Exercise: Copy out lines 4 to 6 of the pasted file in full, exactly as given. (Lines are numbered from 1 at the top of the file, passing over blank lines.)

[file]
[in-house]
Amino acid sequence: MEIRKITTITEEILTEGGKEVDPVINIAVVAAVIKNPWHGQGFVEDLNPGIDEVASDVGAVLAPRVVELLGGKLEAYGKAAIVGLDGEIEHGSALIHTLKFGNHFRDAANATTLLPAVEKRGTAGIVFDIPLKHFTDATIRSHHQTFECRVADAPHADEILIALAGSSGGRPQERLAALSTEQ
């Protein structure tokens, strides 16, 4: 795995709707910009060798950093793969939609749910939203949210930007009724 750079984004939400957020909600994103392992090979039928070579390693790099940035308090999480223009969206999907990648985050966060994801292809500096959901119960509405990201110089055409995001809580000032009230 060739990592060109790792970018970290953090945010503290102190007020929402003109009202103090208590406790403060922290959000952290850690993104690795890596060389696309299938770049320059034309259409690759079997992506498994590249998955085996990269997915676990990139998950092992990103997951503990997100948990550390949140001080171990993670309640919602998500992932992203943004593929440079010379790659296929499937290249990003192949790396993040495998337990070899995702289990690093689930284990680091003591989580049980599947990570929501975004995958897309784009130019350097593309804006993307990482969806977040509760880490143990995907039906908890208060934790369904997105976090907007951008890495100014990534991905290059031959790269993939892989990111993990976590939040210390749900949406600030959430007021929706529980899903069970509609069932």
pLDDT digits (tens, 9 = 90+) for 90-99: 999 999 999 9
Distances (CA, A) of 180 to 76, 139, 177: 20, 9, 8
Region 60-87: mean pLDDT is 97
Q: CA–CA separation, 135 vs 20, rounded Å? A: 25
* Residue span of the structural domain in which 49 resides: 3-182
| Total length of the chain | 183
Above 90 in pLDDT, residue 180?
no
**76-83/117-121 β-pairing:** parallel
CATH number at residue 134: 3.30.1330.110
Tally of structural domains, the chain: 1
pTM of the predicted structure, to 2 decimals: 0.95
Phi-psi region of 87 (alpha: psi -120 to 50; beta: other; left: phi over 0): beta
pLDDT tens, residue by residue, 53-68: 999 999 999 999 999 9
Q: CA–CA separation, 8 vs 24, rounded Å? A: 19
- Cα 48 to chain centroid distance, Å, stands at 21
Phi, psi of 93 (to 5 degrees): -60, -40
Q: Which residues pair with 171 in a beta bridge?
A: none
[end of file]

pLDDT digits (tens, 9 = 90+) for 90-99: 999 999 999 9
Distances (CA, A) of 180 to 76, 139, 177: 20, 9, 8
Region 60-87: mean pLDDT is 97